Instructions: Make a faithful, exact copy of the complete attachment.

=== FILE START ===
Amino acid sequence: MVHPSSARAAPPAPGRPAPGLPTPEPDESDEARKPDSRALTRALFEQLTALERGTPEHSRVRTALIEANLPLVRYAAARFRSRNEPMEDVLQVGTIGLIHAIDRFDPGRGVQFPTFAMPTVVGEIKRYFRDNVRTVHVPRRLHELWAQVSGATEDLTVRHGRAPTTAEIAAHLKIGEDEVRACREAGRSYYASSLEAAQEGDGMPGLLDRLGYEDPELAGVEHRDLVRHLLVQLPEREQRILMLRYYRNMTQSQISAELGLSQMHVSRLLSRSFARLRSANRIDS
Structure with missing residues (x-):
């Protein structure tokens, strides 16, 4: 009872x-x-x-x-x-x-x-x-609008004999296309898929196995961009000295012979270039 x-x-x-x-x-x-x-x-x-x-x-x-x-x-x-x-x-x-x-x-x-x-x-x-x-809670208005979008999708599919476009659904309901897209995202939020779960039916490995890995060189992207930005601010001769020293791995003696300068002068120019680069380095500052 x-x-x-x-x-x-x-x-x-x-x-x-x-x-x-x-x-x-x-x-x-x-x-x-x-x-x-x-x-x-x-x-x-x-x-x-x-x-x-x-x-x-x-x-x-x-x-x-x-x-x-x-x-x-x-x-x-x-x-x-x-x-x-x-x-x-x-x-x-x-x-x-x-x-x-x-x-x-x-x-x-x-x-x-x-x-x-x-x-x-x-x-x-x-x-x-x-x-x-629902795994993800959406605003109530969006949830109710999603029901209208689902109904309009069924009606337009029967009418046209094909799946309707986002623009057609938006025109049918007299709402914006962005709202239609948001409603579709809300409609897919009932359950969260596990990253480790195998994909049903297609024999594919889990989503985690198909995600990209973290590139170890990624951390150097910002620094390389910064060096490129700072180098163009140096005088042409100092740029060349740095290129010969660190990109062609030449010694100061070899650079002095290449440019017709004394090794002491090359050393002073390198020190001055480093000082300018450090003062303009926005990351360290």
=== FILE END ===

Amino acid sequence: MVHPSSARAAPPAPGRPAPGLPTPEPDESDEARKPDSRALTRALFEQLTALERGTPEHSRVRTALIEANLPLVRYAAARFRSRNEPMEDVLQVGTIGLIHAIDRFDPGRGVQFPTFAMPTVVGEIKRYFRDNVRTVHVPRRLHELWAQVSGATEDLTVRHGRAPTTAEIAAHLKIGEDEVRACREAGRSYYASSLEAAQEGDGMPGLLDRLGYEDPELAGVEHRDLVRHLLVQLPEREQRILMLRYYRNMTQSQISAELGLSQMHVSRLLSRSFARLRSANRIDS
Structure with missing residues (x-):
């Protein structure tokens, strides 16, 4: 009872x-x-x-x-x-x-x-x-609008004999296309898929196995961009000295012979270039 x-x-x-x-x-x-x-x-x-x-x-x-x-x-x-x-x-x-x-x-x-x-x-x-x-809670208005979008999708599919476009659904309901897209995202939020779960039916490995890995060189992207930005601010001769020293791995003696300068002068120019680069380095500052 x-x-x-x-x-x-x-x-x-x-x-x-x-x-x-x-x-x-x-x-x-x-x-x-x-x-x-x-x-x-x-x-x-x-x-x-x-x-x-x-x-x-x-x-x-x-x-x-x-x-x-x-x-x-x-x-x-x-x-x-x-x-x-x-x-x-x-x-x-x-x-x-x-x-x-x-x-x-x-x-x-x-x-x-x-x-x-x-x-x-x-x-x-x-x-x-x-x-x-629902795994993800959406605003109530969006949830109710999603029901209208689902109904309009069924009606337009029967009418046209094909799946309707986002623009057609938006025109049918007299709402914006962005709202239609948001409603579709809300409609897919009932359950969260596990990253480790195998994909049903297609024999594919889990989503985690198909995600990209973290590139170890990624951390150097910002620094390389910064060096490129700072180098163009140096005088042409100092740029060349740095290129010969660190990109062609030449010694100061070899650079002095290449440019017709004394090794002491090359050393002073390198020190001055480093000082300018450090003062303009926005990351360290």